Breaches of fiduciary duty are unfortunately common. Since the fiduciary duty is the highest legal standard of care, however, there are severe consequences for a breach of fiduciary duty. With the help of an investment loss recovery attorney, you can hold the fiduciary accountable for his or her misconduct.

What Is a Fiduciary Duty?

A fiduciary is a person entrusted to act in the best interests of another (i.e. the principal). Once the fiduciary agrees to the relationship, the fiduciary is bound by a set of legal and ethical obligations, known as fiduciary duties. 

In general, all fiduciaries owe a duty of loyalty and a duty of care. Some fiduciaries will owe additional duties based on the relationship and the industry in which they are in. 

The duty of loyalty requires fiduciaries to act in the best interest of the principa, avoid any conflicts of interest, and refrain from self-dealing. The duty of care means the fiduciary must make informed decisions based on all information available. 

Fiduciary Duties of Financial Advisors 

While all financial advisors have a duty of care to their clients, only registered advisors have a fiduciary duty. It is important to know whether your financial advisor is registered with the U.S. Securities and Exchange Commission (SEC) or a state securities regulating agency. Financial advisors who are not registered can make investments that benefit them, as long as the investment is within your stated objectives. A registered financial advisor, on the other hand, can invest only if it is in your best interest.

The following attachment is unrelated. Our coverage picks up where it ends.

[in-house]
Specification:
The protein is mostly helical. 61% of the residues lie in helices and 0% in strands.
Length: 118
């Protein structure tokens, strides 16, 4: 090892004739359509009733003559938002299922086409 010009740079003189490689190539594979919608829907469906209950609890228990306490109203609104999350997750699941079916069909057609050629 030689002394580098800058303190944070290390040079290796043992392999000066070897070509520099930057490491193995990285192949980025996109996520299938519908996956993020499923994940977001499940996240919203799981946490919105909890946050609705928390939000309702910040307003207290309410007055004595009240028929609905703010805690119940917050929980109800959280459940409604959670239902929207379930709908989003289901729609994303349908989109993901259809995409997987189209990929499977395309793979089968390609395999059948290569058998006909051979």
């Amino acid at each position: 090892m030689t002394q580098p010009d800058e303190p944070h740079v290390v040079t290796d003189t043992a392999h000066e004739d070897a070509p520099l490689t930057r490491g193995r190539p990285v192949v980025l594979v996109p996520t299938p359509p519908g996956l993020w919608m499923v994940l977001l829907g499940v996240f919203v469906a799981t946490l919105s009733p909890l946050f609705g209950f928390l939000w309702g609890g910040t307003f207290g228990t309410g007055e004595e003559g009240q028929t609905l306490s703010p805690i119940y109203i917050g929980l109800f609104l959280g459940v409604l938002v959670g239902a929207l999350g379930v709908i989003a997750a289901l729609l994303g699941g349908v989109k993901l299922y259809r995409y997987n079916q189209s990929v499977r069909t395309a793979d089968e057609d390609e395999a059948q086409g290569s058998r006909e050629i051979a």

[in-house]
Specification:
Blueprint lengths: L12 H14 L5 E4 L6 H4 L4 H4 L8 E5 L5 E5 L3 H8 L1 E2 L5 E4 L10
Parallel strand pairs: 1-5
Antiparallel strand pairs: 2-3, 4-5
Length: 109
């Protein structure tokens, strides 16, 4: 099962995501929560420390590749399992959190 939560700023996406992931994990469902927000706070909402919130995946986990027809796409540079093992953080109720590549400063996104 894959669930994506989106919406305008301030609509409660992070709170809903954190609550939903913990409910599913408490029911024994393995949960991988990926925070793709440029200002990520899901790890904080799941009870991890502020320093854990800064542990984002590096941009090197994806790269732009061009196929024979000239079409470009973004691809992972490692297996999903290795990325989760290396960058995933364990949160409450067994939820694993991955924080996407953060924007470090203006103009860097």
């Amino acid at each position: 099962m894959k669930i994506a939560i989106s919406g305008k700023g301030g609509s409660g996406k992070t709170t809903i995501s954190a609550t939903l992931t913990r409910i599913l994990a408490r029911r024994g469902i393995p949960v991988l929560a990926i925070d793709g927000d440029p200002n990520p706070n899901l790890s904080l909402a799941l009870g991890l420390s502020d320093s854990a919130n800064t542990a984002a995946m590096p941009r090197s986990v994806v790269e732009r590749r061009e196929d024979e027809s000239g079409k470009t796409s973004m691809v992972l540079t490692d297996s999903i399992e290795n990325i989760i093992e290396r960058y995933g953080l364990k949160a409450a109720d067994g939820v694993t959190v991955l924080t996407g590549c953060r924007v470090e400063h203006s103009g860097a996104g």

For registered financial advisors, the fiduciary duties owed vary by state. However, the following fiduciary duties apply to all registered financial advisors in all states

Duty to Recommend Suitable Investments

Prior to recommending an investment, the financial advisor must study and understand the investor’s objectives, tax status, and financial situation, among other things. Any investments that the financial advisor recommends must be suitable to the investor’s needs. 

Duty to Inform Investor

A financial advisor must fully inform the investor of the risks associated with the purchase or sale of a security. The advisor cannot misrepresent any material facts regarding the transaction.

Duty to Act Promptly and with Authorization 

All client orders must be performed promptly and with investor’s express consent. The advisor must obtain separate authorization for each investment unless the investor has a discretionary account. 

Duty to Refrain from Self-Dealing 

A financial advisor cannot initiate a transaction where he or she personally benefits.

Duty to Avoid Conflicts of Interest

For any recommendations made after June 30, 2020, financial advisors have a fiduciary duty to avoid any conflicts of interest. If unavoidable, the advisor must disclose the conflict to the investor. 

What Constitutes a Breach of Fiduciary Duty?

A breach of fiduciary duty occurs when the fiduciary fails to act in the best interest of the principal. This can happen through an intentional act or failure to act. 

There are four elements to a valid breach of fiduciary duty claim.

Duty

A fiduciary relationship must exist for the fiduciary to owe a duty. You must show that the fiduciary knowingly accepted that role to hold them to the fiduciary standard of care. This is typically shown through a written agreement between the parties, such as a customer agreement.

Breach

The fiduciary must act contrary to your best interests. A breach of fiduciary duty can be shown through deliberate acts, such as making decisions on your behalf without consent. You can also prove a breach through the fiduciary’s failure to act—for example, not disclosing a conflict of interest. 

Damages

You must suffer actual harm or damages from the fiduciary’s breach. Proving there was a breach is not enough for a valid claim of breach of fiduciary duty. Damages can be either economic or non-economic, such as mental anguish. 

Causation